Interaction Design
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Interaction Design : Beyond Human-Computer Interaction

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A new edition of the #1 text in the human computer Interaction field!

Hugely popular with students and professionals alike, the Fifth Edition of Interaction Design is an ideal resource for learning the interdisciplinary skills needed for interaction design, human-computer interaction, information design, web design, and ubiquitous computing. New to the fifth edition: a chapter on data at scale, which covers developments in the emerging fields of 'human data interaction' and data analytics. The chapter demonstrates the many ways organizations manipulate, analyze, and act upon the masses of data being collected with regards to human digital and physical behaviors, the environment, and society at large.

Revised and updated throughout, this edition offers a cross-disciplinary, practical, and process-oriented, state-of-the-art introduction to the field, showing not just what principles ought to apply to interaction design, but crucially how they can be applied.



Explains how to use design and evaluation techniques for developing successful interactive technologies
Demonstrates, through many examples, the cognitive, social and affective issues that underpin the design of these technologies
Provides thought-provoking design dilemmas and interviews with expert designers and researchers
Uses a strong pedagogical format to foster understanding and enjoyment

An accompanying website contains extensive additional teaching and learning material including slides for each chapter, comments on chapter activities, and a number of in-depth case studies written by researchers and designers.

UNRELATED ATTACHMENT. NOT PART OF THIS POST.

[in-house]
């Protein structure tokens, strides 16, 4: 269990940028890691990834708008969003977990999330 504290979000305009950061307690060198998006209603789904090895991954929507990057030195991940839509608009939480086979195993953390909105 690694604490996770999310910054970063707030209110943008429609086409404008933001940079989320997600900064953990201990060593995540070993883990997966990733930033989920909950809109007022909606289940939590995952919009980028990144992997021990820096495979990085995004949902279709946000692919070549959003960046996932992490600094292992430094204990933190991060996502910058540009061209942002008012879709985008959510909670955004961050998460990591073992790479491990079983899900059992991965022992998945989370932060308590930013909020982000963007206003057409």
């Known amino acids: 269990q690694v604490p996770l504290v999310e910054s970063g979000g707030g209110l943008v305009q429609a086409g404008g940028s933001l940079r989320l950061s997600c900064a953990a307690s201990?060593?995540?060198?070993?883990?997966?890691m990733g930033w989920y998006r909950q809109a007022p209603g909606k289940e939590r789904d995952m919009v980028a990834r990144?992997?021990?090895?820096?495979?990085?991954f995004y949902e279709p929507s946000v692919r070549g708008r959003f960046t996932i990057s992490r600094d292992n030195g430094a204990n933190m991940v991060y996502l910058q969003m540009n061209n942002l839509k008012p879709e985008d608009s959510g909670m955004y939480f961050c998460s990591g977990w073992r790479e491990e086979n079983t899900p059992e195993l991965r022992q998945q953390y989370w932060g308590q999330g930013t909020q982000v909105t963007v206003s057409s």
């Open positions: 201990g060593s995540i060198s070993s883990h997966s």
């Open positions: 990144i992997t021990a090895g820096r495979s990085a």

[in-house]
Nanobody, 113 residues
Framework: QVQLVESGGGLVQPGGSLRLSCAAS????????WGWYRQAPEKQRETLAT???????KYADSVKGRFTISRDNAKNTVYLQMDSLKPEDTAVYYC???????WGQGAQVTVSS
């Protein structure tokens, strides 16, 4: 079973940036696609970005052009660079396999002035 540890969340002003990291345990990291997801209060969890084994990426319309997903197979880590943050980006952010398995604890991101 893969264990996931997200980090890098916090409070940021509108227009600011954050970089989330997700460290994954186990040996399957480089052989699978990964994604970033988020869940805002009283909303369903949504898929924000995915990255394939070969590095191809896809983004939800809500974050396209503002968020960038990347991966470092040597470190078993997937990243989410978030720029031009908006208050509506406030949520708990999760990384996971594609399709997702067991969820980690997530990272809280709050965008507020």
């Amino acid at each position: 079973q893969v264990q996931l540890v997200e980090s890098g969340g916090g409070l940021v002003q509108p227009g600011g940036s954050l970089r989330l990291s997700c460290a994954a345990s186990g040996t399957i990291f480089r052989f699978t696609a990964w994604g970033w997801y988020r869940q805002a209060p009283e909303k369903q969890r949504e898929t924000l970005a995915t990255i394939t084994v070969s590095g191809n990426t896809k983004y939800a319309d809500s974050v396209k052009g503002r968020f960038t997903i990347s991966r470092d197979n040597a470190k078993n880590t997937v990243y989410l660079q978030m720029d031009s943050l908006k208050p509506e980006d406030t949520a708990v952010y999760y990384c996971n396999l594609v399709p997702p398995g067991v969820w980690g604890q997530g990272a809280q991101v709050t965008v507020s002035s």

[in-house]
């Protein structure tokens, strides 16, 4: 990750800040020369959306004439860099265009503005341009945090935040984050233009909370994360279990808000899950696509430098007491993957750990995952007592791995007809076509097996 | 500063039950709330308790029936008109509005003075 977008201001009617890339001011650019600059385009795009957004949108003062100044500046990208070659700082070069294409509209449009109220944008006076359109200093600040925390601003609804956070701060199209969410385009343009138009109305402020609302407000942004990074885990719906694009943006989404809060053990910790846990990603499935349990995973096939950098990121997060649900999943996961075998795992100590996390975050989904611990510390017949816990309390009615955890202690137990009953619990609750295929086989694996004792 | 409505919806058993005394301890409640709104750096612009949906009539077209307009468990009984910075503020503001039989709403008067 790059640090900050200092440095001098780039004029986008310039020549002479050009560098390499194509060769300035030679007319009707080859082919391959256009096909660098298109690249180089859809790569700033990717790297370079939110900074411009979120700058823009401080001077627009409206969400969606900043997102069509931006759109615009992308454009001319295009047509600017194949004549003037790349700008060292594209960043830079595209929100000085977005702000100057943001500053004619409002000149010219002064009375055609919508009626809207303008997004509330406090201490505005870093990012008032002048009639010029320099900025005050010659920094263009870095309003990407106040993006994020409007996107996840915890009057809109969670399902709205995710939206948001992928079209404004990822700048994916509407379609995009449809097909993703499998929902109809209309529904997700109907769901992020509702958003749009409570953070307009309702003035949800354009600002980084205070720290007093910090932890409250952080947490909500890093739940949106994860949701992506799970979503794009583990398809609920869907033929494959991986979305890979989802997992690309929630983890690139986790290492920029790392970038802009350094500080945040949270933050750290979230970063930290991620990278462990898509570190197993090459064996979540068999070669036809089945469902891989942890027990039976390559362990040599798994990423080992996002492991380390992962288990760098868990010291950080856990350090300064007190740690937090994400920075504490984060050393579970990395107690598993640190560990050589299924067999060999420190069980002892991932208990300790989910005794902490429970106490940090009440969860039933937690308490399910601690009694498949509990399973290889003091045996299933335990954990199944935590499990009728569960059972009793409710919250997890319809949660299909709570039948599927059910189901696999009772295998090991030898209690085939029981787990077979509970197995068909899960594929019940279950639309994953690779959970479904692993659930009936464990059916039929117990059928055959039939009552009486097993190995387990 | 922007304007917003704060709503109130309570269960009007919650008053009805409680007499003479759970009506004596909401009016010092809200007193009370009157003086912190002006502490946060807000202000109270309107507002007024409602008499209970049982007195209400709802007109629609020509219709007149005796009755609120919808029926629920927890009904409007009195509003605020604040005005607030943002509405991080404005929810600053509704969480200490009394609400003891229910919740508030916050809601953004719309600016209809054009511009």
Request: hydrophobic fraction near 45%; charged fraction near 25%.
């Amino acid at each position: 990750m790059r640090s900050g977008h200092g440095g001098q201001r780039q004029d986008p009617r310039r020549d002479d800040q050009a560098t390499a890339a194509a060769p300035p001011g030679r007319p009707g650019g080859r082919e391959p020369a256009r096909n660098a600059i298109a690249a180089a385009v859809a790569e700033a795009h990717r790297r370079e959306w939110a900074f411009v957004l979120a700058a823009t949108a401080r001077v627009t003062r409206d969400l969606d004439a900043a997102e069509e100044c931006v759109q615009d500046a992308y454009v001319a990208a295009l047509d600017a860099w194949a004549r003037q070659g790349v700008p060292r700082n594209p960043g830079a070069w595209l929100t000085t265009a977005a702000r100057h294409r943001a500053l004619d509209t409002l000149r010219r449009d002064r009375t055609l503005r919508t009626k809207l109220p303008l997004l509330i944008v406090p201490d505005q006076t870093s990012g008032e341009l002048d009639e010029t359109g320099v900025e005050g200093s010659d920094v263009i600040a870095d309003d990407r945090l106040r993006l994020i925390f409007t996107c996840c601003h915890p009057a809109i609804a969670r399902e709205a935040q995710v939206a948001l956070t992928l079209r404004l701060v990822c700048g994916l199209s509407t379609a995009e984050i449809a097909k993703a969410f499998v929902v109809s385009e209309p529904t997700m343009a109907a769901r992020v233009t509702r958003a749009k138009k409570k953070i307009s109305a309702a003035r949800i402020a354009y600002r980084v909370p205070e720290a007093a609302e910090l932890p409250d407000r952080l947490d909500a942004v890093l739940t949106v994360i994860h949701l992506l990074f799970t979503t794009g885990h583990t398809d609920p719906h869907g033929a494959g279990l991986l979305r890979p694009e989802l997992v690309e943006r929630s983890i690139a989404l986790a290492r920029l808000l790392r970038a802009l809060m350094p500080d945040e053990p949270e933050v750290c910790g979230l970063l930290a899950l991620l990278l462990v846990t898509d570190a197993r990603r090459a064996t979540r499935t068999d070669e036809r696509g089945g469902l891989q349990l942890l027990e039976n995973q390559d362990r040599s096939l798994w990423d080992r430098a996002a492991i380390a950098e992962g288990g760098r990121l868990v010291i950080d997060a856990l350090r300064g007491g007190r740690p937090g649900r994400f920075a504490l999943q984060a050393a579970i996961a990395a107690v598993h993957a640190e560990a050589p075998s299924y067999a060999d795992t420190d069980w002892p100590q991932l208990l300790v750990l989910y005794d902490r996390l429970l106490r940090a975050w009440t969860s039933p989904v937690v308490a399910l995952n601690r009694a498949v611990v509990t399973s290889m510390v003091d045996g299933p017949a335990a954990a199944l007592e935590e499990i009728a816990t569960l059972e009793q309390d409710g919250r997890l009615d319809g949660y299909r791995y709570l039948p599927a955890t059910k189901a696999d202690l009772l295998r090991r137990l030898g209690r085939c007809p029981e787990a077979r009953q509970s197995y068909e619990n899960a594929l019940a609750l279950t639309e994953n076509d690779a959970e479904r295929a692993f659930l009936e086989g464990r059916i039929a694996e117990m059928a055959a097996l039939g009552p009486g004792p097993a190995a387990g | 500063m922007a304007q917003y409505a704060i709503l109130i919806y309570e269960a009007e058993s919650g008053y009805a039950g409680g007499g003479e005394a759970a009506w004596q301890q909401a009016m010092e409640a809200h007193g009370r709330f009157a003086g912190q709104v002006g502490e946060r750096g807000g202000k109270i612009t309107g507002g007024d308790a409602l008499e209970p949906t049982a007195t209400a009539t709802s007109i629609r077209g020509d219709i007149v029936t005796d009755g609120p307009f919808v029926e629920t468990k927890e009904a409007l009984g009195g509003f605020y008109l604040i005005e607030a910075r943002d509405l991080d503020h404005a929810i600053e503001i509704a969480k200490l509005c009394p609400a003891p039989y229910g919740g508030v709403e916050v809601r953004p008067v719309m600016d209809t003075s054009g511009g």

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Product details

  • Paperback | 656 pages
  • 188 x 232 x 31mm | 1,328g
  • New York, United States
  • English
  • 5th Edition
  • 1119547253
  • 9781119547259
  • 64,279

Back cover copy

Interaction design is about designing interactive digital products to support the way people communicate and interact in their everyday and working lives. To be successful, interaction designers need a mixed set of skills drawn from human-computer interaction, web design, psychology, computer science, information systems, data science and the human sciences as well as an understanding of the desires and needs of people and the kinds of technology available.



Interaction Design: beyond human-computer interaction offers a cross-disciplinary, practical and process-oriented introduction to the field, showing not just what principles ought to apply to interaction design, but crucially how they can be applied.



The fifth edition of this best-selling book has been substantially updated to reflect this dynamic and fast-moving field and includes:

A new chapter - Data at Scale Application of contemporary theory about human cognition to Interaction Design New developments in social and emotional interaction The latest on Agile and LeanUX Extensive coverage of UX design and evaluation methods Commentary on new and traditional interfaces and applications Updated interviews with leaders in the field from consultancy, corporations and academia